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    ABSTRACT: In addition to cigarette smoking, alcohol exposure is also associated with increased lung infections and decreased mucociliary clearance. However, little research has been conducted on the combination effects of alcohol and cigarette smoke on lungs. Previously, we have demonstrated in a mouse model that the combination of cigarette smoke and alcohol exposure results in the formation of a very stable hybrid malondialdehyde-acetaldehyde (MAA)-adducted protein in the lung. In in vitro studies, MAA-adducted protein stimulates bronchial epithelial cell interleukin-8 (IL-8) via the activation of protein kinase C epsilon (PKCɛ). We hypothesized that direct MAA-adducted protein exposure in the lungs would mimic such a combination of smoke and alcohol exposure leading to airway inflammation. To test this hypothesis, C57BL/6J female mice were intranasally instilled with either saline, 30μL of 50μg/mL bovine serum albumin (BSA)-MAA, or unadducted BSA for up to 3 weeks. Likewise, human lung surfactant proteins A and D (SPA and SPD) were purified from human pulmonary proteinosis lung lavage fluid and successfully MAA-adducted in vitro. Similar to BSA-MAA, SPD-MAA was instilled into mouse lungs. Lungs were necropsied and assayed for histopathology, PKCɛ activation, and lung lavage chemokines. In control mice instilled with saline, normal lungs had few inflammatory cells. No significant effects were observed in unadducted BSA- or SPD-instilled mice. However, when mice were instilled with BSA-MAA or SPD-MAA for 3 weeks, a significant peribronchiolar localization of inflammatory cells was observed. Both BSA-MAA and SPD-MAA stimulated increased lung lavage neutrophils and caused a significant elevation in the chemokine, keratinocyte chemokine, which is a functional homologue to human IL-8. Likewise, MAA-adducted protein stimulated the activation of airway and lung slice PKCɛ. These data support that the MAA-adducted protein induces a proinflammatory response in the lungs and that the lung surfactant protein is a biologically relevant target for malondialdehyde and acetaldehyde adduction. These data further implicate MAA-adduct formation as a potential mechanism for smoke- and alcohol-induced lung injury.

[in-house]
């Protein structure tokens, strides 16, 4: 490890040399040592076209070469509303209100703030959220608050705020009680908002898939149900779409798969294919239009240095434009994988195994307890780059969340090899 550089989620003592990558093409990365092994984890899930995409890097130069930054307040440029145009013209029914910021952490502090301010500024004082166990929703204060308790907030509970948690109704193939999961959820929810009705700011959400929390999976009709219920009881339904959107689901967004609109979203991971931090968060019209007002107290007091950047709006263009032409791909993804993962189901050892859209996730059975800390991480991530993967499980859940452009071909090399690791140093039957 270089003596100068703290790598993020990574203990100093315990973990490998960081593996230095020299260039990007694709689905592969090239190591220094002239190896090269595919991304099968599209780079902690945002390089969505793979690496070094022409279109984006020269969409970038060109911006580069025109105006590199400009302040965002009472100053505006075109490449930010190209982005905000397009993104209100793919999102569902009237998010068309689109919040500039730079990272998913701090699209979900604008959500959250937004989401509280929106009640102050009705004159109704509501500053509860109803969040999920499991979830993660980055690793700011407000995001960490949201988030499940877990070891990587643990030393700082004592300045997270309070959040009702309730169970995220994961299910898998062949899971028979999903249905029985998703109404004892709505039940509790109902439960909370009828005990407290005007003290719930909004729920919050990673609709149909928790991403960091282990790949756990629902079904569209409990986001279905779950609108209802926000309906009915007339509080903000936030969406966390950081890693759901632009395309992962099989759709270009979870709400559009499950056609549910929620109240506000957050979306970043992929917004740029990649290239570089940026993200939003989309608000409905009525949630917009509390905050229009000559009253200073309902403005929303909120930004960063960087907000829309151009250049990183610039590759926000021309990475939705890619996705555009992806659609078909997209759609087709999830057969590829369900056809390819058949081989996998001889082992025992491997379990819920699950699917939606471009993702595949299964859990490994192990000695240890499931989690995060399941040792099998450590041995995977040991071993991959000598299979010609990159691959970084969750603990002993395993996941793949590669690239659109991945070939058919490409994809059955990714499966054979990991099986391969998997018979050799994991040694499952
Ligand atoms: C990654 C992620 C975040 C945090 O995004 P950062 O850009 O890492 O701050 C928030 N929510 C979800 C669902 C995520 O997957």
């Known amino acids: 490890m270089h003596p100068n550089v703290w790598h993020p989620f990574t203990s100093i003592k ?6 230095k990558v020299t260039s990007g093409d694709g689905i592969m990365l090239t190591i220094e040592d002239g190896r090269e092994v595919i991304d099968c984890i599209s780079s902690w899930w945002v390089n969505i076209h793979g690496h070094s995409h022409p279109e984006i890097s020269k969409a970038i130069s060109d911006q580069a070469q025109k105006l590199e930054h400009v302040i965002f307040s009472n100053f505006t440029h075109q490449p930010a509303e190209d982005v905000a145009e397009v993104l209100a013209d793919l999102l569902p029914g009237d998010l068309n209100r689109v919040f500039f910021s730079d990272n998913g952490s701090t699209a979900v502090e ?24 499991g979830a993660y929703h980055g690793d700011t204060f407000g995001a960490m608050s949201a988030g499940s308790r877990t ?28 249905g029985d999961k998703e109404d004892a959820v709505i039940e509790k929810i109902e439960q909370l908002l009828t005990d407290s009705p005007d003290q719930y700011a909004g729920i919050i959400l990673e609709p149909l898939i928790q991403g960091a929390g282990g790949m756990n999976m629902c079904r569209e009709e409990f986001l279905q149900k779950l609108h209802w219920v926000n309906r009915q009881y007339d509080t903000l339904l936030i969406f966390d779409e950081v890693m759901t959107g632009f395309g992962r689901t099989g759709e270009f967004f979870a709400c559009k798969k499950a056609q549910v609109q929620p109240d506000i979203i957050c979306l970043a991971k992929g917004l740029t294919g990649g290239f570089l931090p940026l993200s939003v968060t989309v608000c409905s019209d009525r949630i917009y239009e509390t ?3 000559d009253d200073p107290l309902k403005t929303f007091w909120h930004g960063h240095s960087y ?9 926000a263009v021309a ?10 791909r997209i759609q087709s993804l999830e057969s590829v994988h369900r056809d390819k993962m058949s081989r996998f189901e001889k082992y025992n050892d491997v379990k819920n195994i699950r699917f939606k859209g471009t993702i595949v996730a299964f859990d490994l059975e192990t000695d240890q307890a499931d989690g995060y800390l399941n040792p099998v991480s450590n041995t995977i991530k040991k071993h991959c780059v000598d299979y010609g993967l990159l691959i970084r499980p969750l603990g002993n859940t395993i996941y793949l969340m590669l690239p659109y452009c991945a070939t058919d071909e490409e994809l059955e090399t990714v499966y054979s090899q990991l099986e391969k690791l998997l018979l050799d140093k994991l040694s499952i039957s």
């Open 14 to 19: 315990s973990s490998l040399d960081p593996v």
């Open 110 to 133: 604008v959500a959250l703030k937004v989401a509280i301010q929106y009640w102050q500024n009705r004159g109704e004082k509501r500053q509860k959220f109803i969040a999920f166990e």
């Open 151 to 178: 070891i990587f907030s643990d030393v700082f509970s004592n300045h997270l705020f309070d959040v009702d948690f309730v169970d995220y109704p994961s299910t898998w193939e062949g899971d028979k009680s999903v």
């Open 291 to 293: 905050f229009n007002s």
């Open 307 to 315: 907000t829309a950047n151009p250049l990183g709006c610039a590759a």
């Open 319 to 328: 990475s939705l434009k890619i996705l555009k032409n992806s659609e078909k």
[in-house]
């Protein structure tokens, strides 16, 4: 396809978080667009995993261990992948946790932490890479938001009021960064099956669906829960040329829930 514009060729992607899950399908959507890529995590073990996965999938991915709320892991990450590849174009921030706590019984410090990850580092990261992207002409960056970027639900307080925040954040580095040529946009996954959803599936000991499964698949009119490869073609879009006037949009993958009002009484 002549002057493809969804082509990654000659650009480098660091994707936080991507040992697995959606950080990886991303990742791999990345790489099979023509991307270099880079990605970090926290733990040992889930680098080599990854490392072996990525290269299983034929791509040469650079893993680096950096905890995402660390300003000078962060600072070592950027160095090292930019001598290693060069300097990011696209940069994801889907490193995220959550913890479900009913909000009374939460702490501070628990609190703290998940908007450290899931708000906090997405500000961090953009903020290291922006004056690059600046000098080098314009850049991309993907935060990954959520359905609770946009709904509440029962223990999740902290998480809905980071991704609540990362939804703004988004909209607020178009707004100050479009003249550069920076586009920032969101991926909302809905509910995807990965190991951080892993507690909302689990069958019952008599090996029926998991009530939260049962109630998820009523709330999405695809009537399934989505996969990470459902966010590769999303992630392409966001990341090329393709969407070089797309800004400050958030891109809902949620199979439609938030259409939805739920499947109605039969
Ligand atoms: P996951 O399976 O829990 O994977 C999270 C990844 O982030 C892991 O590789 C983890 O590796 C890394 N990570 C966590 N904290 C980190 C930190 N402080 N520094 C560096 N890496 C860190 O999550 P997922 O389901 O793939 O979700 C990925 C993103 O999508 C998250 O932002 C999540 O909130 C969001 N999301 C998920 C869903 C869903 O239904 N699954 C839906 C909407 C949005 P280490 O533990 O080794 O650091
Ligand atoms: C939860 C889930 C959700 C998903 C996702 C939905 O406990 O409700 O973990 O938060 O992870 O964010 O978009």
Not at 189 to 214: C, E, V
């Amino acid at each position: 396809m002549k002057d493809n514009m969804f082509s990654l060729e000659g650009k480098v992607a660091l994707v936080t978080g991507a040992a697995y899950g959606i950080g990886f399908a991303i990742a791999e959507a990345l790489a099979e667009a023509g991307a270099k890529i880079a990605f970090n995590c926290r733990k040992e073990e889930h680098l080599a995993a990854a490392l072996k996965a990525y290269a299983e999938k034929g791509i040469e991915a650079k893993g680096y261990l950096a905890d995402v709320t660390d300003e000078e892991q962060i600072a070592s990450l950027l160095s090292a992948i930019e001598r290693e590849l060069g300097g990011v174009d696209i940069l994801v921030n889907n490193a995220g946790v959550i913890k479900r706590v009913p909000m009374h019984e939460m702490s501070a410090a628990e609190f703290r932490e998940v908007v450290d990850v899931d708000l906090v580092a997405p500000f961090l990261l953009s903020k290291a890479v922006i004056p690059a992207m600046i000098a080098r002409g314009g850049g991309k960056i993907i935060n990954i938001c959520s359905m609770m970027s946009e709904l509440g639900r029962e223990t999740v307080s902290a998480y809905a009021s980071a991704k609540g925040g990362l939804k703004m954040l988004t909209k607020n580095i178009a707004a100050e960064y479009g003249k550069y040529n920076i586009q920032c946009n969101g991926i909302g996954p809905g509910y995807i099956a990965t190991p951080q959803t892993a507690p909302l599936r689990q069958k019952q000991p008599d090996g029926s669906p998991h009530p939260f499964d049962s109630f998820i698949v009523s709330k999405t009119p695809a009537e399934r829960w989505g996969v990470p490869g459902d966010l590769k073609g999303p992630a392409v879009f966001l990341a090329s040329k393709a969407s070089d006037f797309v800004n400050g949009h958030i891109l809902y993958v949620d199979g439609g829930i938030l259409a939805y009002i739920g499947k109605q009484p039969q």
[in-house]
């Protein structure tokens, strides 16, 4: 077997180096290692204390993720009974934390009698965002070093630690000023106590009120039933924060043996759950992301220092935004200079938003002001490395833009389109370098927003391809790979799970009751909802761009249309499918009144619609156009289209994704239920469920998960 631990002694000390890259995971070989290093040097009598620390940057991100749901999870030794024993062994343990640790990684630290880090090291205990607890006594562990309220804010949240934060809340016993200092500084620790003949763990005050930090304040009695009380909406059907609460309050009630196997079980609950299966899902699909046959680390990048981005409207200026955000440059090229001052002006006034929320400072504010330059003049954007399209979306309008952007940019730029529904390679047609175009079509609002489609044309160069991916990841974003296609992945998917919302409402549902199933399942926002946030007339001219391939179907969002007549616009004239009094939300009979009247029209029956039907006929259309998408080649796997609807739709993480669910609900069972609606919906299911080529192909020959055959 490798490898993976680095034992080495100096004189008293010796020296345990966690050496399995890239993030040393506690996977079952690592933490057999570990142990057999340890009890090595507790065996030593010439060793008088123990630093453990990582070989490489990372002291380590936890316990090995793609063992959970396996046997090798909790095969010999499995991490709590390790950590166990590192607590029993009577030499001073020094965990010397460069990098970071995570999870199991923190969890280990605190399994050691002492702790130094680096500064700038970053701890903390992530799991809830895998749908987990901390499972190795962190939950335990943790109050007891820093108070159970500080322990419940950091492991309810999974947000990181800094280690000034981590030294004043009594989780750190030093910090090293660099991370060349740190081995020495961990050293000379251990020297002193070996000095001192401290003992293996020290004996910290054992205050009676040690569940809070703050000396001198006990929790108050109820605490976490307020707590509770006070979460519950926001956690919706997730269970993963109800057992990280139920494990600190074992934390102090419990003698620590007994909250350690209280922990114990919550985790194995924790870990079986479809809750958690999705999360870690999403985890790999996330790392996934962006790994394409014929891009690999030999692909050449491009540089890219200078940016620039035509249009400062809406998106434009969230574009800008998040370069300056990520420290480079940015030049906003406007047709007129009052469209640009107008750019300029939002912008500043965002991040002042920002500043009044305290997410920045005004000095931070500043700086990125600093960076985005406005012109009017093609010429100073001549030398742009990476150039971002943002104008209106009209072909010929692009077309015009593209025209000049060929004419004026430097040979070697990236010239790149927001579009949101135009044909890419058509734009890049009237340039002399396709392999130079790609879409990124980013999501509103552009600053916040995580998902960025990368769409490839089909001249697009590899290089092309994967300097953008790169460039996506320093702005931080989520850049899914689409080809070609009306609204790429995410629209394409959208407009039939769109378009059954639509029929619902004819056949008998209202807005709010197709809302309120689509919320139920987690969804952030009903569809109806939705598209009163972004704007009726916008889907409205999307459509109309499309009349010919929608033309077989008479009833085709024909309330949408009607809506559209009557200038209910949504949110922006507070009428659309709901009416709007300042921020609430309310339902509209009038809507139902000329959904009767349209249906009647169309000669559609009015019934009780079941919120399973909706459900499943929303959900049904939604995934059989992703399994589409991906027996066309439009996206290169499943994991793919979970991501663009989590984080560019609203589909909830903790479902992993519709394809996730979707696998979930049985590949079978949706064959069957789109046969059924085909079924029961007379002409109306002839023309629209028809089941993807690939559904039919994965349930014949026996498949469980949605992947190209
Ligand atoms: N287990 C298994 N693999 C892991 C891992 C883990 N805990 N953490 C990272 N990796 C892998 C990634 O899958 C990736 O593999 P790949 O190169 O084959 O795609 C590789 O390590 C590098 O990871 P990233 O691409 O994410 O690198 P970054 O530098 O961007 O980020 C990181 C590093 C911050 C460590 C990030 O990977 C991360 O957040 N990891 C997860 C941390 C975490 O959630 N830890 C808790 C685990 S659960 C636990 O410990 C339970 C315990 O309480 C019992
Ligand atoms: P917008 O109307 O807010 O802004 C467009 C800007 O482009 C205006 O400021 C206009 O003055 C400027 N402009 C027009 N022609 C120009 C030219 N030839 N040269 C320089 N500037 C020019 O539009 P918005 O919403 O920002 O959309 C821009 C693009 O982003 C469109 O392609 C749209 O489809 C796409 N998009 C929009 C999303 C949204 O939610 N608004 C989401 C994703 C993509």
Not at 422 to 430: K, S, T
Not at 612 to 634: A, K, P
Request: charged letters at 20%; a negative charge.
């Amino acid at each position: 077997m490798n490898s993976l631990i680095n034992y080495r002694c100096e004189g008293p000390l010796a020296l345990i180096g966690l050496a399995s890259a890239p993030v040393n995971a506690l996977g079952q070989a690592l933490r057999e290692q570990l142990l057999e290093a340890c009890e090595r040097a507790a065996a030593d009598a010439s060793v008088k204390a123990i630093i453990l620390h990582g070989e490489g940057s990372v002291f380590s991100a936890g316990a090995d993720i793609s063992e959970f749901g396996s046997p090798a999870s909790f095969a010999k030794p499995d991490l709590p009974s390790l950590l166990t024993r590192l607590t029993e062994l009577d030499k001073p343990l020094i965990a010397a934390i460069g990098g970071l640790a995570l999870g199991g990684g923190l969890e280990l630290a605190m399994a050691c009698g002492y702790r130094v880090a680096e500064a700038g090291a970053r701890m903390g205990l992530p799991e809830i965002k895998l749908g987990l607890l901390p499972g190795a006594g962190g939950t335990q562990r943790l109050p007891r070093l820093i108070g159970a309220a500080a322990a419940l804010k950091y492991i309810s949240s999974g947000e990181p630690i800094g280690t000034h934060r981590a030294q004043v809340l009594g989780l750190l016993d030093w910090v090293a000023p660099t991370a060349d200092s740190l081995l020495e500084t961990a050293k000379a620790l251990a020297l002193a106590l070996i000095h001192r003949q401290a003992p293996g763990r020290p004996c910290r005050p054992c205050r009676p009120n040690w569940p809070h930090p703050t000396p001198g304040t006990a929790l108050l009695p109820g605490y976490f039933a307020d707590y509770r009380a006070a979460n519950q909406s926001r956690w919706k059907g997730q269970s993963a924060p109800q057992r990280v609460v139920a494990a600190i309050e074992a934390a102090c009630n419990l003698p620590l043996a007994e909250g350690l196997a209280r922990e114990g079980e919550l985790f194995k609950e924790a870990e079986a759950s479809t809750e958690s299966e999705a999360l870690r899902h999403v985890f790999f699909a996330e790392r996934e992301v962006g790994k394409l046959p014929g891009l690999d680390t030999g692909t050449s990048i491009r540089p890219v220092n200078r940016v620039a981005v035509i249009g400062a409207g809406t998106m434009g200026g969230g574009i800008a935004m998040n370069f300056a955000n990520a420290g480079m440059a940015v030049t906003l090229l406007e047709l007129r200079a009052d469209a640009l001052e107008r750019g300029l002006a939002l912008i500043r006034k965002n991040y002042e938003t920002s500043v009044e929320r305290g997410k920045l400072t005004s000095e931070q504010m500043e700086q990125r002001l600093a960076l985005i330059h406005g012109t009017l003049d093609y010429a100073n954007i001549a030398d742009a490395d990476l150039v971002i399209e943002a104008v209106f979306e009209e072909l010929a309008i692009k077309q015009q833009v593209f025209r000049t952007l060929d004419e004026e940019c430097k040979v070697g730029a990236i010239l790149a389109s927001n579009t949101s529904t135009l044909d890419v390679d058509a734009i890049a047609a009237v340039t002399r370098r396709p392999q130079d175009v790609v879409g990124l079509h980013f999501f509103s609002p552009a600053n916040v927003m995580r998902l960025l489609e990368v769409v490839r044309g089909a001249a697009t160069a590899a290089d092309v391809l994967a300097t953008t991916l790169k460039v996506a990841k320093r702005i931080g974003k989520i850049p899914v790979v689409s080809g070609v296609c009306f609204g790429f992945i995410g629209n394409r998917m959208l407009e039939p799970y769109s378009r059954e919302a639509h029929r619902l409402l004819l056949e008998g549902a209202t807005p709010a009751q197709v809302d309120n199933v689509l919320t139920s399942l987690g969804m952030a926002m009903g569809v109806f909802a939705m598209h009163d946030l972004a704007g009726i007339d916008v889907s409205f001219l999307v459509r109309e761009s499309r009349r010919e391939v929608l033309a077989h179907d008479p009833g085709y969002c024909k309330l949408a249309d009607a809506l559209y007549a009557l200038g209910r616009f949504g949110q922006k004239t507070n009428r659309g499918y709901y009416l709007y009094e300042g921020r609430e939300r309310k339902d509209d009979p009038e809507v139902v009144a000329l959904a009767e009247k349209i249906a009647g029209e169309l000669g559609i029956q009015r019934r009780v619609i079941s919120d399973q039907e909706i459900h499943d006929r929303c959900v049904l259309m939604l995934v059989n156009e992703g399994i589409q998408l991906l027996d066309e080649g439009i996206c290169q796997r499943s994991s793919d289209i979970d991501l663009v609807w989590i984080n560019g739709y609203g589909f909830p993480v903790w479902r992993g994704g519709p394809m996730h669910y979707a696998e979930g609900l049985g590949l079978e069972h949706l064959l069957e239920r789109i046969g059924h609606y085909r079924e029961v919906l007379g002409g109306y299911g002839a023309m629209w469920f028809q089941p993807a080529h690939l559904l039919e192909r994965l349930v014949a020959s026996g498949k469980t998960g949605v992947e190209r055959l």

Alcohol (Fayetteville, N.Y.) 09/2011; 46(1):51-9. · 2.41 Impact Factor
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    ABSTRACT: Most alcohol abusers smoke cigarettes and approximately half of all cigarette smokers consume alcohol. However, no animal models of cigarette and alcohol co-exposure exist to examine reactive aldehydes in the lungs. Cigarette smoking results in elevated lung acetaldehyde (AA) and malondialdehyde (MDA) levels. Likewise, alcohol metabolism produces AA via the action of alcohol dehydrogenase and MDA via lipid peroxidation. A high concentration of AA and MDA form stable hybrid protein adducts known as malondialdehyde-acetaldehyde (MAA) adducts. We hypothesized that chronic cigarette smoke and alcohol exposure in an in vivo mouse model would result in the in vivo formation of MAA adducts. We fed C57BL/6 mice ad libitum ethanol (20%) in drinking water and exposed them to whole-body cigarette smoke 2 h/d, 5 d/wk for 6 weeks. Bronchoalveolar lavage fluid and lung homogenates were assayed for AA, MDA, and MAA adduct concentrations. MAA-adducted proteins were identified by Western blot and ELISA. Smoke and alcohol exposure alone elevated both AA and MDA, but only the combination of smoke+alcohol generated protein-adducting concentrations of AA and MDA. MAA-adducted protein (~500 ng/ml) was significantly elevated in the smoke+alcohol-exposed mice. Of the 5 MAA-adducted proteins identified by Western blot, 1 protein band immunoprecipitated with antibodies to surfactant protein D. Similar to in vitro PKC stimulation by purified MAA-adducted protein, protein kinase C (PKC) epsilon was activated only in tracheal epithelial extracts from smoke- and alcohol-exposed mice. These data demonstrate that only the combination of cigarette smoke exposure and alcohol feeding in mice results in the generation of significant AA and MDA concentrations, the formation of MAA-adducted protein, and the activation of airway epithelial PKC epsilon in the lung.
    Alcoholism Clinical and Experimental Research 03/2011; 35(6):1106-13. · 3.42 Impact Factor